LBCC helps Peeta Palavera take on civil engineering | LBCC

LBCC helps Peeta Palavera take on civil engineering

Student's nontraditional path to education leads to a new feeling of belonging here in Oregon

Peeta Palavera

Peeta Palavera was born in Oregon, but it took many years to feel like she belonged.

Her parents, who had immigrated from Mexico before she was born, spoke Spanish at their home in Newport. When Palavera started elementary school, she knew almost no English - nor anyone else like her.

“That was a whole new world for me. I was the only Mexican kid in the classroom,” she recalled. “I had no one to talk to. I would sign most things, and just copy what everyone else did.”

Playing Catch Up from an Early Age

While all of Palavera’s classmates were learning their letters and sounds, Palavera was learning simply how to survive. By about third grade, she was more competent in English, but only then did she begin work on her own letters and sounds. By then, everyone else had moved on to reading and math.

"I really struggled, and my confidence was low,” she said. “A lot of teachers never saw me as a student who could achieve much of anything.”

But that, as they say, was then. Now, at 25, Palavera feels like she can achieve just about anything - and for starters, thanks to Linn-Benton Community College, she’s well on her way to achieving a degree in civil engineering.

She started her second year at LBCC this fall. When she finishes her associate’s degree, she’ll transfer to Oregon State University to complete her bachelor’s.

"I love LBCC's program and the support that they give. All the instructors have been great,” Palavera said. “Many times I told myself, ‘I can't do this, I’m not smart enough, it’s too hard,’ and they told me, ‘It’s hard, but you’re going to go through it. We're here to help you get over this hurdle.’ It was just so motivating, so motivating to hear."

A Nontraditional Path

Palavera didn’t take a traditional path to college. First, she had to get through middle school. When Palavera lived there, Newport had a magnet school for middle-school students, Isaac Newton. It was for students who wanted greater academic challenges. Palavera wanted to go. Her fifth-grade teacher wasn’t so sure. But Palavera loved the idea of pushing her own academic boundaries and persuaded her parents to let her apply.

She was accepted. The work was hard, but she persisted through three years, finishing on the honor roll with nearly a straight-A average. “It was the first time I ever felt like I was smart,” Palavera recalled.

However, when Palavera graduated from high school in 2016, she still didn’t feel like college was for her.

She worked for a little while as a bilingual tutor for Spanish-speaking students who were struggling the same way she had, then did some traveling and moved to California. There, she lived with a roommate who made her give higher education another look.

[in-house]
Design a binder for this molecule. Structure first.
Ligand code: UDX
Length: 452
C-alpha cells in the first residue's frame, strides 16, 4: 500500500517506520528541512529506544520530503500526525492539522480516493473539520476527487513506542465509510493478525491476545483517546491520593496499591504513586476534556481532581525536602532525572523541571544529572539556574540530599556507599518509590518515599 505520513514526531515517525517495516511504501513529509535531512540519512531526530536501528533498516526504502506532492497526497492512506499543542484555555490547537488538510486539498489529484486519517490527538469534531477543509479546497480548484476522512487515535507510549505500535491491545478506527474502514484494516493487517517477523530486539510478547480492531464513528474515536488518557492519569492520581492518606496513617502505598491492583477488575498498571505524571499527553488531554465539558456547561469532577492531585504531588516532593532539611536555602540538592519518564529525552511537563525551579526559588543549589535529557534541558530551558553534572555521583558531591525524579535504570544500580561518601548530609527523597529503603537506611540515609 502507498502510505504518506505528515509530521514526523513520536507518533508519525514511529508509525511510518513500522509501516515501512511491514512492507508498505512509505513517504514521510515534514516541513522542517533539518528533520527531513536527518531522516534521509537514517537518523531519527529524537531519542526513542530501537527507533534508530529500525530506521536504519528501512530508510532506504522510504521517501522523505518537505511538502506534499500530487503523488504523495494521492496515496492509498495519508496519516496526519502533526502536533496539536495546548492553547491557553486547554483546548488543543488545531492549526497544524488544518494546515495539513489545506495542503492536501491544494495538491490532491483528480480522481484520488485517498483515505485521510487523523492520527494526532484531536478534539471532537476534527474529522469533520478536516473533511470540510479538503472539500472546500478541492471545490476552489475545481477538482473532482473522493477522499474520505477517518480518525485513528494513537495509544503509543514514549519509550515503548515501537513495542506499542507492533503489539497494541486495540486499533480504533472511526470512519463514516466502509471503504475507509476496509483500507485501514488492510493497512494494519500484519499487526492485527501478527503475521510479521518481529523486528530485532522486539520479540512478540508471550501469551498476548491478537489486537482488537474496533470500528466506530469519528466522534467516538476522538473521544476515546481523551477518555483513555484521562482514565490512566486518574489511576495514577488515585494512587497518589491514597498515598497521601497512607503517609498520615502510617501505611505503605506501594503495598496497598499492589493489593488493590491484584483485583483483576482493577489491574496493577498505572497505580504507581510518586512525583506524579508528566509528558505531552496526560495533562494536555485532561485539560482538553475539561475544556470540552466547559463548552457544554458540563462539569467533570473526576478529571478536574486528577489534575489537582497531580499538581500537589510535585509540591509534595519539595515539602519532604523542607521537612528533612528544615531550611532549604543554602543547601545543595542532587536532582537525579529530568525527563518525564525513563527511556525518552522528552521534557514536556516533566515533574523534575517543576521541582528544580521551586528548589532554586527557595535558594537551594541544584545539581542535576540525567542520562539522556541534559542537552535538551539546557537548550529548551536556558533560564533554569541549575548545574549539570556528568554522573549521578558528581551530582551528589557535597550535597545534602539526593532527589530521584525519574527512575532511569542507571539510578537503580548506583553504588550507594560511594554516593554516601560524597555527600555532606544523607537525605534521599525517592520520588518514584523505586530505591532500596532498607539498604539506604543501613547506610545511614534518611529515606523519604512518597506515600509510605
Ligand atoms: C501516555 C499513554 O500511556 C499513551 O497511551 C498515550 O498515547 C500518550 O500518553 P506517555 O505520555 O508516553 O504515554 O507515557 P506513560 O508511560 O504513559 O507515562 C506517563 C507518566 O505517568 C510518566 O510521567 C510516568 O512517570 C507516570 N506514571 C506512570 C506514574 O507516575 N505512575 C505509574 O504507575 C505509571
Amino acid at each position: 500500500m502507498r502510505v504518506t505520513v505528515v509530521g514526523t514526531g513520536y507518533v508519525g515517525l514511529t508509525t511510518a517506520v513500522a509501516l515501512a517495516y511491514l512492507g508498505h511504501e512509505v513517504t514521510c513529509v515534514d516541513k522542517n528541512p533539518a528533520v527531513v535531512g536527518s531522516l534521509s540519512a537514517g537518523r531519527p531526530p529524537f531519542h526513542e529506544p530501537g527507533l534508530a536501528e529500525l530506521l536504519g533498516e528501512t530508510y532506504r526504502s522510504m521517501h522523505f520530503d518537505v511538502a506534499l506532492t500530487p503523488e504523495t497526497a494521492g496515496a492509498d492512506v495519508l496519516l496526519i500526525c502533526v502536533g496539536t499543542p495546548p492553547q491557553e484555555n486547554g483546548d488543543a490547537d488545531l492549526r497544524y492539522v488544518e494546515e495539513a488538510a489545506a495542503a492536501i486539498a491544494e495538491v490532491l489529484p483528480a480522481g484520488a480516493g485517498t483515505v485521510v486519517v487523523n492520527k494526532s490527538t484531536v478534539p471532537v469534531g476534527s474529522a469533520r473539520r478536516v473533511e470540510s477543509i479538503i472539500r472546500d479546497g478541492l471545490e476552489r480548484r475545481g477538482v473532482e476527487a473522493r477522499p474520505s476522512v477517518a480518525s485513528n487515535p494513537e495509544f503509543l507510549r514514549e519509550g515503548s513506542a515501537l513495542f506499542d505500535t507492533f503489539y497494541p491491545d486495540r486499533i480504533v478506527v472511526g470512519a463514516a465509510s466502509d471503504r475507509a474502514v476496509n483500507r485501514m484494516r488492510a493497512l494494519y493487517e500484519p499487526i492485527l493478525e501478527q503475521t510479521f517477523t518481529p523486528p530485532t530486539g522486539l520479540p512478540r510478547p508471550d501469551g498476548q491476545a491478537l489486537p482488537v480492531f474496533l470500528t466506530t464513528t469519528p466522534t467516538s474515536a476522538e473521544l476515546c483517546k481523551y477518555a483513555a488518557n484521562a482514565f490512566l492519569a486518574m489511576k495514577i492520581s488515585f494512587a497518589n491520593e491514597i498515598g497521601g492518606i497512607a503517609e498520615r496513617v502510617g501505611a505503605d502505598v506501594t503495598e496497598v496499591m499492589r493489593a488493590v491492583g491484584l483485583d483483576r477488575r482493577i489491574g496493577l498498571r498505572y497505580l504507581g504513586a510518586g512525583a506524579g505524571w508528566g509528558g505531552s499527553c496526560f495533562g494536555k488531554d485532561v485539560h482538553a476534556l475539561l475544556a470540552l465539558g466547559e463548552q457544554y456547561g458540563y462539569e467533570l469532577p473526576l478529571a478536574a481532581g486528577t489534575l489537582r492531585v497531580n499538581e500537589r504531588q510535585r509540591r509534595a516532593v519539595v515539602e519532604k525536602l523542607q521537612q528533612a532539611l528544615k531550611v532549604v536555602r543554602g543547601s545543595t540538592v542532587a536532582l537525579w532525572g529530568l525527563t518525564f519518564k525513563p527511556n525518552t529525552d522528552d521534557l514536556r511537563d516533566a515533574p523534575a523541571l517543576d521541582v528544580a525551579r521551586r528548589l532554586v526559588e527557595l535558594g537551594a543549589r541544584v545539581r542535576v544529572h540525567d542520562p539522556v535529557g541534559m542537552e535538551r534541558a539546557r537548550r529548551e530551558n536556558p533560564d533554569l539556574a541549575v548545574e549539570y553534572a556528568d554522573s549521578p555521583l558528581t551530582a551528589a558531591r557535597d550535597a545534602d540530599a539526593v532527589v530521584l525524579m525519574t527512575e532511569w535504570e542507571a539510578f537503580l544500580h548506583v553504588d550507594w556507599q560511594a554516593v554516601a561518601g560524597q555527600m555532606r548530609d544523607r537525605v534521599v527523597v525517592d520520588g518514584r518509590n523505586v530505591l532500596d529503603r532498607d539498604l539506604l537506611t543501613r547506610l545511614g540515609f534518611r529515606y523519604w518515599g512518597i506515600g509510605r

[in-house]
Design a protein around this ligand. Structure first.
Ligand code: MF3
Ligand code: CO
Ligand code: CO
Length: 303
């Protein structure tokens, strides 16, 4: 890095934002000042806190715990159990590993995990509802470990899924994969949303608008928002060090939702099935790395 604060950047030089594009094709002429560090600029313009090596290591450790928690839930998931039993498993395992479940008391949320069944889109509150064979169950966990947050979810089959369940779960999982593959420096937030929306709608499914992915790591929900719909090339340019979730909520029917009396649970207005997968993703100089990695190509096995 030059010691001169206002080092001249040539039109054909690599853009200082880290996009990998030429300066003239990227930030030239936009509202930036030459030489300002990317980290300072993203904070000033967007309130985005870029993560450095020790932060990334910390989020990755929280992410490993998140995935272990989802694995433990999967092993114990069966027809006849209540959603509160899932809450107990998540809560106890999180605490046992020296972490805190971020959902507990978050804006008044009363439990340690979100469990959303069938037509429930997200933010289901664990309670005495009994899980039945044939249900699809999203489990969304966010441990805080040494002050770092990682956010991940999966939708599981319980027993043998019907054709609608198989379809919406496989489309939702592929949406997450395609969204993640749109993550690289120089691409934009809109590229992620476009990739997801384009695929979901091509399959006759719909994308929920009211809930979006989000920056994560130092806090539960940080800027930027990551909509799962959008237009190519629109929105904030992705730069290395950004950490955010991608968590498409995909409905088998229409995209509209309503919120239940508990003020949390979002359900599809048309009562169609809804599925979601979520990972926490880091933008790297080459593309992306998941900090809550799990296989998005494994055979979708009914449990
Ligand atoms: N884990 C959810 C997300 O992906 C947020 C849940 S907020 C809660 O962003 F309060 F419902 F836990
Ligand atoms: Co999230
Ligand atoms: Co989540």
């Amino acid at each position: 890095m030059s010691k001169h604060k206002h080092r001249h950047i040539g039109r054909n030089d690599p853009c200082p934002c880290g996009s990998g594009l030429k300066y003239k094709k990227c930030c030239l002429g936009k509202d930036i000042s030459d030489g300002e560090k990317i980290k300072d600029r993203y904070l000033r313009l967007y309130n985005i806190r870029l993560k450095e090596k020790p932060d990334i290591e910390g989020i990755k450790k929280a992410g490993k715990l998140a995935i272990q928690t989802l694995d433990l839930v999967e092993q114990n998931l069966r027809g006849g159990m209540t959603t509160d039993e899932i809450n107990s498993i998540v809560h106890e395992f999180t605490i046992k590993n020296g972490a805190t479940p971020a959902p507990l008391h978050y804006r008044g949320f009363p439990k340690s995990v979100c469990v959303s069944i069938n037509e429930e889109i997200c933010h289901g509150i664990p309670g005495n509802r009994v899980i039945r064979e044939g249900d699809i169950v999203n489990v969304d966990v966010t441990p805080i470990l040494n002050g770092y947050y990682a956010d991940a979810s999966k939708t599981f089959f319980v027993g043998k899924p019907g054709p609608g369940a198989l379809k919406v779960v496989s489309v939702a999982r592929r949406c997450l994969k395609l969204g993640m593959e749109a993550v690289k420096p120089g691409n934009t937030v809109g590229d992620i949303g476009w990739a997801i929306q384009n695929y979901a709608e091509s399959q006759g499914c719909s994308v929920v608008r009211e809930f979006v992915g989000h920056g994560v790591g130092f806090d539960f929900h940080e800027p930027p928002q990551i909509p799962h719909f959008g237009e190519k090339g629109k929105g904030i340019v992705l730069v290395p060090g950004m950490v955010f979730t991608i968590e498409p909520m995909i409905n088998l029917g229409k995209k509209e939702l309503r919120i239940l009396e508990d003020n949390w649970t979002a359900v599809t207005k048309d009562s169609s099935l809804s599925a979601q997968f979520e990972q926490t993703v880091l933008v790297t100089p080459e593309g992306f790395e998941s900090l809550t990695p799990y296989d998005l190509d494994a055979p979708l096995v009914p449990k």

The roommate had studied architectural drafting, which fascinated Palavera. But the roommate suggested instead of following suit, that Palavera look into engineering. Better pay and more job opportunities, she said.

It would be a few more years, after marriage and travel to Brazil and Costa Rica, before Palavera would pursue that idea. But eventually she and her husband settled in Lebanon, where she enrolled in LBCC to begin her new academic journey.

She chose civil engineering because she loved the idea of working with buildings, water systems and other forms of infrastructure that don’t move. Civil engineers aren’t doing the design or the construction, but they are the ones trying to figure out whether that design or construction will work the way it needs to, which she found intriguing.

"Most importantly, I really want to be part of more renewable energy and more sustainability for our planet,” she said. “So I’m hoping I can get into a field that can help that.”

Math had been her nemesis, but Palavera credits LBCC’s Math Cafe for helping her cope. She signed up for a fast-paced math class taught through a computer, but went to the tutoring center to be able to ask questions of human beings.

“Weekends, Zoom, I lived and breathed math and probably will for the next four years,” she said. “I got to know all the tutors and they all helped me, showed me techniques and ways to do things better. I could not have done it without all of those tutors’ help.”

Palavera said she understands adults who are leery of going back to school years after graduation. She also gets it when she hears high school students say they don’t think they can handle college, or they don’t know what they would study.

Foundation Support Helps Along the Way

“I would definitely encourage anyone looking into college to not focus so much on the difficulties that are going to go with it,” she said. “I get it. But there are people who can help you adjust.”

The LBCC Foundation offers scholarships, assistance with food and utility payments, and other resources to help while working toward a degree. Peeta is the recipient of several foundation scholarships which she appreciates to take the stress off the family allowing her time to focus on her studies.

“I wouldn’t push out college for anything, academically or financially,” she said. “It’s a great opportunity, and we should grab it when we can. The Foundation is there to help support us to be able to focus on getting our education. You are supported along the way.”